Options are financial derivatives that give their holders the right to buy or sell a specific asset at a specific time at a given price (strike price). There are two types of options: calls and puts.
Long call options are options that enable the option holder to buy an asset at a pre-determined price. Long put options enable the holder to sell an asset at a pre-determined price. Conversely, options traders holding short positions must sell an asset at a pre-determined price for a call and are required to buy an asset at a pre-determined price for a put.
Speculation is the position a trader takes in the market betting that the price of a security or asset will increase or decrease. Speculators seek large profits and often use options, or derivatives, that provide sufficient leverage.
Options in Operation
Options provide a source of leverage because they can be cheaper to purchase in comparison to buying the actual stock. This allows a trader to control a larger position in options, compared with owning the underlying stock.
For example, suppose a trader has $2,000 to invest. A share of XYZ stock costs $50 and an XYZ call option (with a strike price of $60 that expires in one month) costs $0.20 per share. The premium for one contract, then, would be $20, since each options contract is based on 100 shares of stock.
If the trader chooses only to buy stock, there will be a long position of 40 shares ($2,000/$50). However, by using options, the trader could control 10,000 shares with the same $2,000 investment ($2,000/$0.20), hence, the power of leverage.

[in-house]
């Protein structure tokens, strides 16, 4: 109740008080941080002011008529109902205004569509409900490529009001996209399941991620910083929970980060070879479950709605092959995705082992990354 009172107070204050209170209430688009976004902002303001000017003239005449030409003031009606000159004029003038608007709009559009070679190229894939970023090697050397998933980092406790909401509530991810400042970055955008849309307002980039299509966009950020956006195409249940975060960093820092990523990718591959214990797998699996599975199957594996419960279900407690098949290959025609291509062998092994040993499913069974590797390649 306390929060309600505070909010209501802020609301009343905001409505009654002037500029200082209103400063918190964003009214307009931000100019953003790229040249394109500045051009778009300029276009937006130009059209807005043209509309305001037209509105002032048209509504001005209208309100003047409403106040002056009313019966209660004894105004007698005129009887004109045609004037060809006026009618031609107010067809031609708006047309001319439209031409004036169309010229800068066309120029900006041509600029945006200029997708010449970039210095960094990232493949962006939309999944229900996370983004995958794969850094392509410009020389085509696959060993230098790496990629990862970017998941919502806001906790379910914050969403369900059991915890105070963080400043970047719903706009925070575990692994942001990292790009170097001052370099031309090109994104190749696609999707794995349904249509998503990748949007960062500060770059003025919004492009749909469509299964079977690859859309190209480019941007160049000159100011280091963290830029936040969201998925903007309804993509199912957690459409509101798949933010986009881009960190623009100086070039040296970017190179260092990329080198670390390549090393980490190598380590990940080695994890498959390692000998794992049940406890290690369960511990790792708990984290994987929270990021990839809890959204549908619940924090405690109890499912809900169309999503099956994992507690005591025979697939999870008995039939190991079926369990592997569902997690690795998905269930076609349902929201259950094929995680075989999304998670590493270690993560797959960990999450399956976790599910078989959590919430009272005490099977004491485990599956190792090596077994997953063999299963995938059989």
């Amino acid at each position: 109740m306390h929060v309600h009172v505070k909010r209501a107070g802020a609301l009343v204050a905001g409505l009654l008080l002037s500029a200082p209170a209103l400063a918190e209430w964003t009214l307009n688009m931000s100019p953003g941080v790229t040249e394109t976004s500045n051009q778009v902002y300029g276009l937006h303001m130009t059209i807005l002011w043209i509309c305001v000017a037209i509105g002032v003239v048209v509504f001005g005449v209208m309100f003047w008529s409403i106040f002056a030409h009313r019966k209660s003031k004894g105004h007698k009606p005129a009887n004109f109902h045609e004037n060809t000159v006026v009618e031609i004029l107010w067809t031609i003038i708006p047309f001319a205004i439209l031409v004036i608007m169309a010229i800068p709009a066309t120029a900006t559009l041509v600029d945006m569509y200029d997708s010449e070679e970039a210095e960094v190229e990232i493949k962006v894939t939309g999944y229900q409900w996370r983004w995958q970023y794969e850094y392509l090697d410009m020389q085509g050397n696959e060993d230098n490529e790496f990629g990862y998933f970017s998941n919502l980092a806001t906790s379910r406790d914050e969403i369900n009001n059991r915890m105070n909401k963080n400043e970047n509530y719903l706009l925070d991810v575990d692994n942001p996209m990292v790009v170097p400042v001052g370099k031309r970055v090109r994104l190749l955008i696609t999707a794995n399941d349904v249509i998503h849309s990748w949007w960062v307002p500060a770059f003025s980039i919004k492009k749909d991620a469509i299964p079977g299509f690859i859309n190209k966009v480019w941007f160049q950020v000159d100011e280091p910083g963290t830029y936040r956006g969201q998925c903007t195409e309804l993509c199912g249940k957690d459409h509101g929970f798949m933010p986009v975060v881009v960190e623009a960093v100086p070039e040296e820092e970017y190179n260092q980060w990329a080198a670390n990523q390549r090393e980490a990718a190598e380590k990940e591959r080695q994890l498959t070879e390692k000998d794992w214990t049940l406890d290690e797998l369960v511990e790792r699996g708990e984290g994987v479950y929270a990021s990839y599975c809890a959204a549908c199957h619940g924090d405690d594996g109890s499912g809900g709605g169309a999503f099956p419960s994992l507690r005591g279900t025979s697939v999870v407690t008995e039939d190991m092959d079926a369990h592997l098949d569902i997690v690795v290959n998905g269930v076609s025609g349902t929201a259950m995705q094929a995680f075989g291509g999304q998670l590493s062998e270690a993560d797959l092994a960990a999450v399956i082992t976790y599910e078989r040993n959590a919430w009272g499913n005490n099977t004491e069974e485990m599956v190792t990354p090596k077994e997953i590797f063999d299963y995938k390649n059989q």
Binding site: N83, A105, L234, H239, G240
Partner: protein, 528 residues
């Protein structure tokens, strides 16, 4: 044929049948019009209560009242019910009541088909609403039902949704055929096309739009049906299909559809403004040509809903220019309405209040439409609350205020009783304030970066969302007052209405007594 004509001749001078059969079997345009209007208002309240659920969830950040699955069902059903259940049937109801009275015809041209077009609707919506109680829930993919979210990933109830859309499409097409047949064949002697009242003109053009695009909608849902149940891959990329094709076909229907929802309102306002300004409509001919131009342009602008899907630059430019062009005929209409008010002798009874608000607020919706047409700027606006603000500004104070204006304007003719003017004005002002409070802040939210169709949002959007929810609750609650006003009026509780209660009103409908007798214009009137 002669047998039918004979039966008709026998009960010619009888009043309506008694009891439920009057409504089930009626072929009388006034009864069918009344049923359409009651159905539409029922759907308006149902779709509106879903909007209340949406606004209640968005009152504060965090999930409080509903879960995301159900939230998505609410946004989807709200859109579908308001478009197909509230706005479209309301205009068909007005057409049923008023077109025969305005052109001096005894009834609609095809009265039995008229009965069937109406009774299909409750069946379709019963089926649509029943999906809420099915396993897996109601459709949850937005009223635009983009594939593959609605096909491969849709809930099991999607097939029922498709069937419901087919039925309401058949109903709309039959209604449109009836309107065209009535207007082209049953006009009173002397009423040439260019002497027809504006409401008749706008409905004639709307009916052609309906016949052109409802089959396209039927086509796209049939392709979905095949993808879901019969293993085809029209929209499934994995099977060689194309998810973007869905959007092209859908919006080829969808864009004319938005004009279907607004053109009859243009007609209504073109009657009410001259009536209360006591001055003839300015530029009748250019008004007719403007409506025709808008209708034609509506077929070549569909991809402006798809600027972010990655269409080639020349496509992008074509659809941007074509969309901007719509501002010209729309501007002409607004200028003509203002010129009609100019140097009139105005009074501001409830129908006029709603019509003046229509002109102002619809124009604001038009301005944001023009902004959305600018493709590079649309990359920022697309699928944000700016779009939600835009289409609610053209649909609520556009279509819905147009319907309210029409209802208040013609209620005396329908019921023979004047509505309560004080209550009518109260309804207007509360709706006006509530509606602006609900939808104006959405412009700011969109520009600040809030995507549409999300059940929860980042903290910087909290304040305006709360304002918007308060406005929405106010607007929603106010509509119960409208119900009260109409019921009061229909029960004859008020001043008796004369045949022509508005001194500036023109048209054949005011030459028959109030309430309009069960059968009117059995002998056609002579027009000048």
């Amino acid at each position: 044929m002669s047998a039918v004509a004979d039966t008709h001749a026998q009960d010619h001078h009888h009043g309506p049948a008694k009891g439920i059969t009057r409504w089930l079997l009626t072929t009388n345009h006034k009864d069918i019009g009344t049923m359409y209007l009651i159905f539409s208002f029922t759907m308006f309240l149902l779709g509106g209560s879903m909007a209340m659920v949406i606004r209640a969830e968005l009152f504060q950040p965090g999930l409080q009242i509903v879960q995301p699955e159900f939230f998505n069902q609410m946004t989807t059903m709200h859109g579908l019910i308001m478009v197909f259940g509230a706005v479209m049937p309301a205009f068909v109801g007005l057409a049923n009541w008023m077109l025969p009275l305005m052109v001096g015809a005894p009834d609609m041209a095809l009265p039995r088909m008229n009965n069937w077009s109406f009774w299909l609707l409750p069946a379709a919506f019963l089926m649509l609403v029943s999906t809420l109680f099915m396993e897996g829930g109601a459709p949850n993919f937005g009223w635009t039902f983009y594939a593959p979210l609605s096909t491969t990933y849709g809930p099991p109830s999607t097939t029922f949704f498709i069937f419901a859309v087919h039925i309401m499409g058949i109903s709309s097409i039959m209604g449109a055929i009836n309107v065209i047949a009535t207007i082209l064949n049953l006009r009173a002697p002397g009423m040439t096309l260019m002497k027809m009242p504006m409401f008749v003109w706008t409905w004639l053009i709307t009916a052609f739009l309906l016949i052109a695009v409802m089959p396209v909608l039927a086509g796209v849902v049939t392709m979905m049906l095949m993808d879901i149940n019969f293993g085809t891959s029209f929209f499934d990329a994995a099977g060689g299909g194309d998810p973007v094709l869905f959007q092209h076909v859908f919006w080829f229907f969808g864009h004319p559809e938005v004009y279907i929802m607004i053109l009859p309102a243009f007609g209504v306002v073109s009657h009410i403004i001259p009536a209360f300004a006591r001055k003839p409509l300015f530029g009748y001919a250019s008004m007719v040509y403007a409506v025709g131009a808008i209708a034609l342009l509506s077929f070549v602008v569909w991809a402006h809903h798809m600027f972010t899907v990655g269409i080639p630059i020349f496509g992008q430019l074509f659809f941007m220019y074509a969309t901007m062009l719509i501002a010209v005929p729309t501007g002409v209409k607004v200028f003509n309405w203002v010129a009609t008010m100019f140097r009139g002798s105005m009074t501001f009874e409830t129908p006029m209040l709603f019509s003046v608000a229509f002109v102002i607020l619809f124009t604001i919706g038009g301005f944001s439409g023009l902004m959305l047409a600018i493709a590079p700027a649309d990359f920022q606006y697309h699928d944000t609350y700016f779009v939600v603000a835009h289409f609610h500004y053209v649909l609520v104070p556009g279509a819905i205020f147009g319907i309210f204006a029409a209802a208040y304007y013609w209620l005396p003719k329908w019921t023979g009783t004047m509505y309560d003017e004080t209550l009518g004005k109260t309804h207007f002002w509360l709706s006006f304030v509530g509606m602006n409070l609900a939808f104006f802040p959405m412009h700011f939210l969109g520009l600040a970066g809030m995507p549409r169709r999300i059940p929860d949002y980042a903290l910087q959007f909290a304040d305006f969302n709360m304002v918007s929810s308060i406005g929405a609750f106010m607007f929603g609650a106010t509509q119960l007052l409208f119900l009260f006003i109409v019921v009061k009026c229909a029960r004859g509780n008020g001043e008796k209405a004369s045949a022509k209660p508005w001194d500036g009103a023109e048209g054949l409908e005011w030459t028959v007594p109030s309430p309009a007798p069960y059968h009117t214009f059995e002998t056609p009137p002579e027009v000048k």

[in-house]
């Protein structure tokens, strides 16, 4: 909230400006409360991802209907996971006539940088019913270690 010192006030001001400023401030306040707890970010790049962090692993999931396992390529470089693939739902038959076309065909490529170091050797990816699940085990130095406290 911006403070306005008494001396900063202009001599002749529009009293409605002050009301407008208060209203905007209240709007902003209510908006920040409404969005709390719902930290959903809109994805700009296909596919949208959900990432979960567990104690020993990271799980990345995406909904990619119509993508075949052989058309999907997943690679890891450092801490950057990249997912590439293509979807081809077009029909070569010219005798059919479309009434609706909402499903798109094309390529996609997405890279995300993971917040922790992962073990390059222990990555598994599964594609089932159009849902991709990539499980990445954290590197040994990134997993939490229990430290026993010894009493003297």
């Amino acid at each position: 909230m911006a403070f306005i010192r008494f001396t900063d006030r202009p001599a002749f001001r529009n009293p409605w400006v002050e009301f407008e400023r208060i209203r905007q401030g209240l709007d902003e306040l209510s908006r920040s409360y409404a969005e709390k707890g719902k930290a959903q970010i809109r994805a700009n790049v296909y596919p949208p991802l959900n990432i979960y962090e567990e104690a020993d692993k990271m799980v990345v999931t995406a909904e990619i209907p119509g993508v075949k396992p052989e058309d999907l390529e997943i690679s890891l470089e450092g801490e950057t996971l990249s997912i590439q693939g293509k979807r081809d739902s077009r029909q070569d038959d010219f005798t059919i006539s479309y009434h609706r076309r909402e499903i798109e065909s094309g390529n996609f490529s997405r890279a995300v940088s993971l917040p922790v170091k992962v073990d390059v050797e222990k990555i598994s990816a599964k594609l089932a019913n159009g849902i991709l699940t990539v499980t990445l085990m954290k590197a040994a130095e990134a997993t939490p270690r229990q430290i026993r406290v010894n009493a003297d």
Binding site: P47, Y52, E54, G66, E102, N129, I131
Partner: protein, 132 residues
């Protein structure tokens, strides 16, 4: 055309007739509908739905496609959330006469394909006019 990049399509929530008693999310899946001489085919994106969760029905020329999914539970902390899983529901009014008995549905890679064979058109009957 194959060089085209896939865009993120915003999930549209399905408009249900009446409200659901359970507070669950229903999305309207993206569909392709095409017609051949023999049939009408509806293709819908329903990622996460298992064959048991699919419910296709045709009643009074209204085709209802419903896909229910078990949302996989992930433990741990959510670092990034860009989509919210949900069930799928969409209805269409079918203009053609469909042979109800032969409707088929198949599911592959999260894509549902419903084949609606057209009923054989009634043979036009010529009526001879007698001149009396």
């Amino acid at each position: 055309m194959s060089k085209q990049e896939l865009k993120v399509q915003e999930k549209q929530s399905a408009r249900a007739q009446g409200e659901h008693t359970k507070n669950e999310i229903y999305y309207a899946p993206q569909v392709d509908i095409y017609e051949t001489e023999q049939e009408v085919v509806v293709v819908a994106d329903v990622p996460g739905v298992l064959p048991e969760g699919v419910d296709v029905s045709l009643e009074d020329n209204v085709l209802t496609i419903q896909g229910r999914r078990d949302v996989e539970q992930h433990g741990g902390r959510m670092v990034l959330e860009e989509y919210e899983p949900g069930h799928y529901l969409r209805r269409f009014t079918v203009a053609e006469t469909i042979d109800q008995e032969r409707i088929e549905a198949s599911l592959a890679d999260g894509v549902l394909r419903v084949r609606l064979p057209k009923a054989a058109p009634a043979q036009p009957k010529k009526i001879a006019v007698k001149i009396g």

In this case, gains and losses are magnified by the leverage gained from using options. If the XYZ stock rises to $70 in one month ($10 over the $60 options strike price), in the all-stock scenario, the trader's position is worth $2,800 (a gain of $800). In the all-options situation, the total gain would be $100,000 (10,000 shares x $10). Conversely, if XYZ closed above $50, but below $60, the stock-only transaction would still show a profit, however, the options-only transaction would produce a $2,000 loss, demonstrating the cost of options contracts.
The speculator's anticipation of the asset's future direction will determine which options strategy is taken. If the speculator believes that an asset will increase in value, they should purchase call options that have a strike price that is lower than the anticipated or targeted price level. If the speculator is correct and the asset's price increases substantially, they will be able to close out of the position and realize a gain. The gain would be equal to the difference between the strike price and the market value, plus any remaining time value remaining on the option.
If the speculator believes that an asset will decrease in value, they would instead purchase put options with a strike price that is higher than the anticipated price level. If the price of the asset does fall below the put option's strike price, the speculator can sell the put options for a price that is equal to the difference between the strike price and the market price, plus any remaining time value, to realize a gain.
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